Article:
Monday, September 20, 2010

Clutter and Dry


Photo courtesy Flickr

In January and June I attended two sessions of a conference exploring the reciprocal relationships between society and technology. No system is more responsive to technological change than a domestic one. I’ve been downsizing in place and have generated a fair amount of vacant space under the roof.

This morning I recalled the house of a friend from high school. The basement was empty enough to echo, and it was immaculate, with a freshly painted floor, taut lines for drying clothes, and a gleaming twin-tub washer in one corner. The mother of the family could well afford any facility she fancied. She chose the economy of low-tech. In this climate, clothes are dried indoors because if you try to dry them outdoors, they will mildew before they are wearable.

The electric dryer took Seattle basements by storm around 1951. It freed many cubic feet of space. It took a while for the change to take effect, but I have come to suspect that the dryer is the villain behind the insane amounts of clutter that infest nearly every domicile. It contracted the space needed to dry clothes to a few cubic feet and left whole rooms open to encroachment from cheaply produced ephemeral products that aren’t much more than inventory tapeworms. In Seattle, the basement drying area is also a valuable indoor play area for the kids to skate and horse around.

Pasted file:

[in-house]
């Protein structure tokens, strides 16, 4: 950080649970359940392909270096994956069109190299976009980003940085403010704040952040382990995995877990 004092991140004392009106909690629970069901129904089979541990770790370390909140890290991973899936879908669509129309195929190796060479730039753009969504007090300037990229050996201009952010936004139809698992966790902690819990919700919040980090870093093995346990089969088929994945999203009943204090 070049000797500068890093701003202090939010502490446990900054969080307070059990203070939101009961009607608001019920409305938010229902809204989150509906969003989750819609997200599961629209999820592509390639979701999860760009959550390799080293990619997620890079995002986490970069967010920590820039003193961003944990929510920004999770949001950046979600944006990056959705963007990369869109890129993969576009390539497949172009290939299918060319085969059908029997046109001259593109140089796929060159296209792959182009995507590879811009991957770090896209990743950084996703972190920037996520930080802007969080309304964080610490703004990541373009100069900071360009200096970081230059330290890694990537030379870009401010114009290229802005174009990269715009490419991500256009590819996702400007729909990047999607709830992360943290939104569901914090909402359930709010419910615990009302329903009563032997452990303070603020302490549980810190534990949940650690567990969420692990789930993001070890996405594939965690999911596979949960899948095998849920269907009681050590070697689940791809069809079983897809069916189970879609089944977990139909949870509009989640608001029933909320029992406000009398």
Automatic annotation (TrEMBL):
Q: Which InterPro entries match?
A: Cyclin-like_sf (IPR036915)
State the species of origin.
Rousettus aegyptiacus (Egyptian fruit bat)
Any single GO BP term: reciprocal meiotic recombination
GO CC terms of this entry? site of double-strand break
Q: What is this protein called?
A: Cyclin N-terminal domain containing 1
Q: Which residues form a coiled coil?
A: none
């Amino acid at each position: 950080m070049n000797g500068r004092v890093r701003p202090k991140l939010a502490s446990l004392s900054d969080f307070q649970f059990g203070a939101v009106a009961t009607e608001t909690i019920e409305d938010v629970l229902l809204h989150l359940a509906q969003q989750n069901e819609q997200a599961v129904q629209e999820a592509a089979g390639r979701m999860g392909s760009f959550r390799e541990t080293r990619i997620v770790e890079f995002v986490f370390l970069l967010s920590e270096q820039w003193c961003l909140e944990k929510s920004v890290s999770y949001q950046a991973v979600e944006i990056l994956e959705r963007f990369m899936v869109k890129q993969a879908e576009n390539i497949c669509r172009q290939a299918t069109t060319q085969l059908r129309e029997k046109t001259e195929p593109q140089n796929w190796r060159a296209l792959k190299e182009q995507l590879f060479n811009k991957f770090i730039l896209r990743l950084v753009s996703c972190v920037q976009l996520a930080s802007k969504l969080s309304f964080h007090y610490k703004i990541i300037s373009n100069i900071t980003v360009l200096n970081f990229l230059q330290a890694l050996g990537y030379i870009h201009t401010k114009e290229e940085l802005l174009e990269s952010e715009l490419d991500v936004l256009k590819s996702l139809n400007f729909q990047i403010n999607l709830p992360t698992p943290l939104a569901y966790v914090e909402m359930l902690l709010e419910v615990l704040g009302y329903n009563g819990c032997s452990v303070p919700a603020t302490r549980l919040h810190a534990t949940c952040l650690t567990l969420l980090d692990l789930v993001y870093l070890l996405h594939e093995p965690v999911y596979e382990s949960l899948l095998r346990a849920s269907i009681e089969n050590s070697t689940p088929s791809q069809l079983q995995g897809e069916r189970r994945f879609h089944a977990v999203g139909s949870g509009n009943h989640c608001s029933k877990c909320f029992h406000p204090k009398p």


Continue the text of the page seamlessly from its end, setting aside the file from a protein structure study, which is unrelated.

There’s a precious precept I learned from a management book written by twin Navy Seals. They discussed a costly lesson: do not let inventory determine the mission. The inventory they were talking about was a submarine that wasn’t doing much of anything at the time, and the outcome can be summed up simply as “I don’t want to talk about it”.

I don’t have a submarine, but I do have a basement and an attic. Empty space is tempting space. Real estate rhetoric holds storage dear, but houses aren’t for storage, they’re for living. Contemporary lines of supply are a blessing and a curse: anything one wants is available right away, but anything one wants is available right away.

I spent yesterday rationalizing hiking gear and building winter packs for emergency evacuation. Picking through a household that is meant to be carried on one’s back under trying circumstances is a good exercise in deciding whether something is worth bothering with.

The interplay of space and inventory never ends. Houses are living systems. Interests change, circumstances change (sometimes drastically and very fast), and space must be nimble. Manage inventory to that end, and one will never be burdened by the house that is meant to comfort and support.

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